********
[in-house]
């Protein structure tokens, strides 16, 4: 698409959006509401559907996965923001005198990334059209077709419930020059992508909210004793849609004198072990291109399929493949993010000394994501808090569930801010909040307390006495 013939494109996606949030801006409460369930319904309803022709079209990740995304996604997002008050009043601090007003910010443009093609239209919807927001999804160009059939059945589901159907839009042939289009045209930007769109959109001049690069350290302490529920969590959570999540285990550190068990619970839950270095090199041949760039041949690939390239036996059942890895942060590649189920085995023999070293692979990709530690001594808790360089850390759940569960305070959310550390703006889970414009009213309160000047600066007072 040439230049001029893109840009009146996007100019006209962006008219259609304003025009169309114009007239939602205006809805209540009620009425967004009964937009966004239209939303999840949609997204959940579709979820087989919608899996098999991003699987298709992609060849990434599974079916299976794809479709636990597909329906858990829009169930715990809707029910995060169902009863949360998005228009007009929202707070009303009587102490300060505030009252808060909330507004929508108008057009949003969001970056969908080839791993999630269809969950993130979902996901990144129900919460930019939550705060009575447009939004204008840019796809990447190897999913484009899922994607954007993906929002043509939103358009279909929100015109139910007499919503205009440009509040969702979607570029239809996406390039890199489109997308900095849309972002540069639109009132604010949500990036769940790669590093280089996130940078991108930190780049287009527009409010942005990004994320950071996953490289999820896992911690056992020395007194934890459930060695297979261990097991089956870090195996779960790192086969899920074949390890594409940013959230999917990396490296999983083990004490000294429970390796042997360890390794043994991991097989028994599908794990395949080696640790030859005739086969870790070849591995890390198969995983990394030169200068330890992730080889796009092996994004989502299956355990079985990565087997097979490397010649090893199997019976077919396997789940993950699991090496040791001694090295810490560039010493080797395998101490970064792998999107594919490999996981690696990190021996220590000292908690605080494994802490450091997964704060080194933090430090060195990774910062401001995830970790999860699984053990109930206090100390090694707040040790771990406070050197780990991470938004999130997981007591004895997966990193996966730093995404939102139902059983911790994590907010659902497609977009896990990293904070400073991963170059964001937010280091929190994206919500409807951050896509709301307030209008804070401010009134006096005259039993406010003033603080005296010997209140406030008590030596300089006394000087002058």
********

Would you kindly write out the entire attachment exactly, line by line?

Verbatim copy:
[in-house]
């Protein structure tokens, strides 16, 4: 698409959006509401559907996965923001005198990334059209077709419930020059992508909210004793849609004198072990291109399929493949993010000394994501808090569930801010909040307390006495 013939494109996606949030801006409460369930319904309803022709079209990740995304996604997002008050009043601090007003910010443009093609239209919807927001999804160009059939059945589901159907839009042939289009045209930007769109959109001049690069350290302490529920969590959570999540285990550190068990619970839950270095090199041949760039041949690939390239036996059942890895942060590649189920085995023999070293692979990709530690001594808790360089850390759940569960305070959310550390703006889970414009009213309160000047600066007072 040439230049001029893109840009009146996007100019006209962006008219259609304003025009169309114009007239939602205006809805209540009620009425967004009964937009966004239209939303999840949609997204959940579709979820087989919608899996098999991003699987298709992609060849990434599974079916299976794809479709636990597909329906858990829009169930715990809707029910995060169902009863949360998005228009007009929202707070009303009587102490300060505030009252808060909330507004929508108008057009949003969001970056969908080839791993999630269809969950993130979902996901990144129900919460930019939550705060009575447009939004204008840019796809990447190897999913484009899922994607954007993906929002043509939103358009279909929100015109139910007499919503205009440009509040969702979607570029239809996406390039890199489109997308900095849309972002540069639109009132604010949500990036769940790669590093280089996130940078991108930190780049287009527009409010942005990004994320950071996953490289999820896992911690056992020395007194934890459930060695297979261990097991089956870090195996779960790192086969899920074949390890594409940013959230999917990396490296999983083990004490000294429970390796042997360890390794043994991991097989028994599908794990395949080696640790030859005739086969870790070849591995890390198969995983990394030169200068330890992730080889796009092996994004989502299956355990079985990565087997097979490397010649090893199997019976077919396997789940993950699991090496040791001694090295810490560039010493080797395998101490970064792998999107594919490999996981690696990190021996220590000292908690605080494994802490450091997964704060080194933090430090060195990774910062401001995830970790999860699984053990109930206090100390090694707040040790771990406070050197780990991470938004999130997981007591004895997966990193996966730093995404939102139902059983911790994590907010659902497609977009896990990293904070400073991963170059964001937010280091929190994206919500409807951050896509709301307030209008804070401010009134006096005259039993406010003033603080005296010997209140406030008590030596300089006394000087002058």